|So Many Questions|
|Summary:||Lucienne is buying tea, and needs Avinashi's help.|
|Marketplace, Terrick's Roost|
|Residents of the town and surrounding area bring their wares to sell here among small tables built upon the slate grey stone flooring of the outdoor expanse. The area is surrounded by thatched roof buildings and shops on all sides with roads and paths winding their way in and out of this thriving part of town. Most of the commercial capacity of Terrick's Roost can be found here with the storefronts attracting the attention of those among all classes|
|Sun Sep 18, 288|
The morning stretches on in the Roost, and the marketplace is busy. Often when Lucienne is to be found here, she is to be found at the tables of many of the tea merchants, for she is a great fan of the beverage in many an incarnation. Today is no different, the lady and her entourage hovering by one of her more favored merchants' stalls, inspecting the little packets and bowls of different herbs for steeping.
Amid the crowd is a figure rather more brightly colored than most. The poison taster Avinashi moves through the marketplace with a small basket hanging from one arm, swathed in dark violent silks embroidered with delicate gold designs. The clip at her brow matches the colors of her scarf and down, little, purple beads dangling against her skin. There are a few stares, of course, some gawkers, but they are paid little mind as Avinashi approaches the tea stalls and, indeed, the Lady Lucienne and her retinue. "My gracious Lady," the Dornish girl offers as Lucienne comes into view, "how pleasant to see you here on this fine day."
Lucienne nods at the explanation provided by the merchant regarding the little bowl she's picked up, but that bright swish of colour in her periphery catches her attention before she inhales the scent. Her smile dawns, a pleasant and genuine thing, and she greets, "Mistress Avinashi, and you. What good fortune! Have you a moment to spare for me?"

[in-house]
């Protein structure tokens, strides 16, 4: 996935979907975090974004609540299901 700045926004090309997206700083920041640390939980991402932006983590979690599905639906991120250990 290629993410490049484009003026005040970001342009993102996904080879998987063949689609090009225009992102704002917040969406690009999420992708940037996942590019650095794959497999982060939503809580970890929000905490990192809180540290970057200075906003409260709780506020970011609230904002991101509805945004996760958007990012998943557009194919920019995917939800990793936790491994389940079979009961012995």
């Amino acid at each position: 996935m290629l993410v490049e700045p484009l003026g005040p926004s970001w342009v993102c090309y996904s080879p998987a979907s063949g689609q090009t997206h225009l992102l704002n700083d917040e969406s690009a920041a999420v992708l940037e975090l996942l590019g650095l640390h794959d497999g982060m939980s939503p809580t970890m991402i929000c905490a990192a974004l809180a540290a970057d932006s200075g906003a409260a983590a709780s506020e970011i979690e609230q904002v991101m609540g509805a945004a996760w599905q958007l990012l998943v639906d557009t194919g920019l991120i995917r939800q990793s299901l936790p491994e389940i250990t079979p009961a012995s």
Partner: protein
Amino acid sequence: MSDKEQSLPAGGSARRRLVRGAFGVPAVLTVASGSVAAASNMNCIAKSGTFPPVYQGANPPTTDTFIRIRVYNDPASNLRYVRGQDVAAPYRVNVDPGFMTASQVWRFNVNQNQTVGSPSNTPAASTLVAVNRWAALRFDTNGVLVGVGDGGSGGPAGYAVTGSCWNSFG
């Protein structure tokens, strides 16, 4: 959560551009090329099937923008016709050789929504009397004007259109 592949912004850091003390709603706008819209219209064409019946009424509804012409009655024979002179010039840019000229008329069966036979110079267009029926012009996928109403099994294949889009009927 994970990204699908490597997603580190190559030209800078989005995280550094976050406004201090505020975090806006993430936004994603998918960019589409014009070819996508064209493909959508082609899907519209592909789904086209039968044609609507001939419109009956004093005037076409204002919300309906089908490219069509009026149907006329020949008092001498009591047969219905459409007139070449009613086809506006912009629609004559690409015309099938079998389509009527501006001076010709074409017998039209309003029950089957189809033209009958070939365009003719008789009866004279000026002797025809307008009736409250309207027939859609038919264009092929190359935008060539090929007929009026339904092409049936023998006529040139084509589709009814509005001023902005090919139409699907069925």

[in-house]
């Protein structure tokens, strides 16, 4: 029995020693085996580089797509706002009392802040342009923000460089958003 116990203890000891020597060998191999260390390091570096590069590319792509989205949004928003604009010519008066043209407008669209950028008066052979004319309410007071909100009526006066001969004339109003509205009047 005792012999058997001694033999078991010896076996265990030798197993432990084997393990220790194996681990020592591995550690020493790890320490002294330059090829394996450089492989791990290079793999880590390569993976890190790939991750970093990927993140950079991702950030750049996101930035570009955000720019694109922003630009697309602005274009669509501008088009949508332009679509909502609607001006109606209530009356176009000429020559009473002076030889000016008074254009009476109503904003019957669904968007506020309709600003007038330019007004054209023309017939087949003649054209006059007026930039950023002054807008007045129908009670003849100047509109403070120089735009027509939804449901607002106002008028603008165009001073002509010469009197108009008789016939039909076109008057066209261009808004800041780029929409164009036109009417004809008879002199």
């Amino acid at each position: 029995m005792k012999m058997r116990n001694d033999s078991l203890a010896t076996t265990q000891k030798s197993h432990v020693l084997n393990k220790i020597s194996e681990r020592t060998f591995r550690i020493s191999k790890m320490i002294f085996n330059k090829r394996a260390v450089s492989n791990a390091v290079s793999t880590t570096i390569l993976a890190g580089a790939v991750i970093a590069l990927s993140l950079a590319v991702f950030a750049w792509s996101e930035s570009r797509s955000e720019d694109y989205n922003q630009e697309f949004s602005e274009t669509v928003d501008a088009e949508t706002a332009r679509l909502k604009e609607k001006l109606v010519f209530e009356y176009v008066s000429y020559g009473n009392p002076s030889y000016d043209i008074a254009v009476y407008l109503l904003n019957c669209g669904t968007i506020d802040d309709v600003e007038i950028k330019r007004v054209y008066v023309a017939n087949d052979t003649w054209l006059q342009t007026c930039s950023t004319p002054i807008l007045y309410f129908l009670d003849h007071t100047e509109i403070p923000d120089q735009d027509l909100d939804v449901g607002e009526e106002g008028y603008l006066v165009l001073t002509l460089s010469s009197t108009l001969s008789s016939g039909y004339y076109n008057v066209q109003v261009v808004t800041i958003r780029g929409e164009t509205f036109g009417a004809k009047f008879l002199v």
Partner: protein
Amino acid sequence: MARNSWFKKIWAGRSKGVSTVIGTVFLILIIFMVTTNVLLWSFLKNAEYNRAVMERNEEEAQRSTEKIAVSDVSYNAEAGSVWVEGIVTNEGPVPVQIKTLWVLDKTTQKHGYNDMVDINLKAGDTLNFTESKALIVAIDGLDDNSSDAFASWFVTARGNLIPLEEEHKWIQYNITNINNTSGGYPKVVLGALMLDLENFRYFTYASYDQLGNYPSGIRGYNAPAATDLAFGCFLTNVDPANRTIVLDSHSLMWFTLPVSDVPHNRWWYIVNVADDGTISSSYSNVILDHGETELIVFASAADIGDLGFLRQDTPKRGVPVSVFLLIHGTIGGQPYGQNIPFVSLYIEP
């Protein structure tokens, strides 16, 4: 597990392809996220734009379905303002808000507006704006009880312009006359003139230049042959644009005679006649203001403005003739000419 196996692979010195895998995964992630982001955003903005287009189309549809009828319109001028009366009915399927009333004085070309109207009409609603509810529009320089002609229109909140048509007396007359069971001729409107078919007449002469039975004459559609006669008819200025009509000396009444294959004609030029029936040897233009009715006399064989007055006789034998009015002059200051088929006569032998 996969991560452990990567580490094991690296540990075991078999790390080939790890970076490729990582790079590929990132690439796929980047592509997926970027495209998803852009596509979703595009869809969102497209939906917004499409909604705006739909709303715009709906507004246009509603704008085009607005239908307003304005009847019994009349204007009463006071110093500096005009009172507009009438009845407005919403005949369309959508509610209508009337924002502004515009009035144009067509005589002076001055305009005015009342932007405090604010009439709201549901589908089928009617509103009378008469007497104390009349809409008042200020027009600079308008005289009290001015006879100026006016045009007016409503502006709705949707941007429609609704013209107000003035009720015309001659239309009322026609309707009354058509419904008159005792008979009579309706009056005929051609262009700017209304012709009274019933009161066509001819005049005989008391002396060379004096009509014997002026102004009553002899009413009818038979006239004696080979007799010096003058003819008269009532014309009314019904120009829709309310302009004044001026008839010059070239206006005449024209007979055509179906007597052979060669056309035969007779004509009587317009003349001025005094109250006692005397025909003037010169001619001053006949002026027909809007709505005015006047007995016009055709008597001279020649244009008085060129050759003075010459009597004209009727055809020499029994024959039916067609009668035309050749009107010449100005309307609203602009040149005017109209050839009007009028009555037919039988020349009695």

"Of course, my lady, all of my moments may be yours this morning," Avinashi replies with a small smile, dipping into a gracefully curtsy before straightening again. "Please, how may I assist you?"
"Thankyou," says Lucienne gently, dipping her head to ackowledge the curtsy. She spends a moment enjoying the aroma from the little wooden bowl, no bigger than her palm, before extending it out toward the Dornish girl for her opinion. "These are dragon pearls, jasmine tea. Can you tell me, do you think they're just a touch too toasty, or…? My poor nose, I'm afraid, has been overworked this morning with the sampling of many a scent."
Gently, Avinashi accepts the tiny bowl, studying the little green beads that rest within. She examines their color, shaking the bowl gently so that they might roll and reveal their undersides as well. Then she closes her eyes and inhales slowly before straightening again. "They were dried over damp wood," she says, "which thickens the smoke an hastens drying time. They will carry a distinct and smokey flavor that will hide, a little, the more delicate accents of the leaves themselves. Some prefer them tasting so, but were it me, I might request to examine some dried before the last heavy rains."
Lucienne watches closely, carefully as Avinashi inspects the little 'pearls', hanging upon every small gesture the other woman makes. The lady smiles again as her suspicions are confirmed, her brows rising in awe at the precision of the description provided. "Ah, thankyou! I had thought there might be something pungent about them, but I am no expert. It is the tender, almost sweetness of the tea that I seek in my cup." And so she turns back to the merchant, leaving Avinashi to set the bowl back upon his table, and asks, "Do you have any of those that she says, dried before the last rains?" The man scrubs at his short beard as he thinks.
"Of course, my lady," Avinashi murmurs, setting the little bowl down. "If he has none, I have seen teas here blended with bits of dried fruits and nuts that offer a sweetness, though it is a different flavor than such young leaves as these may deliver."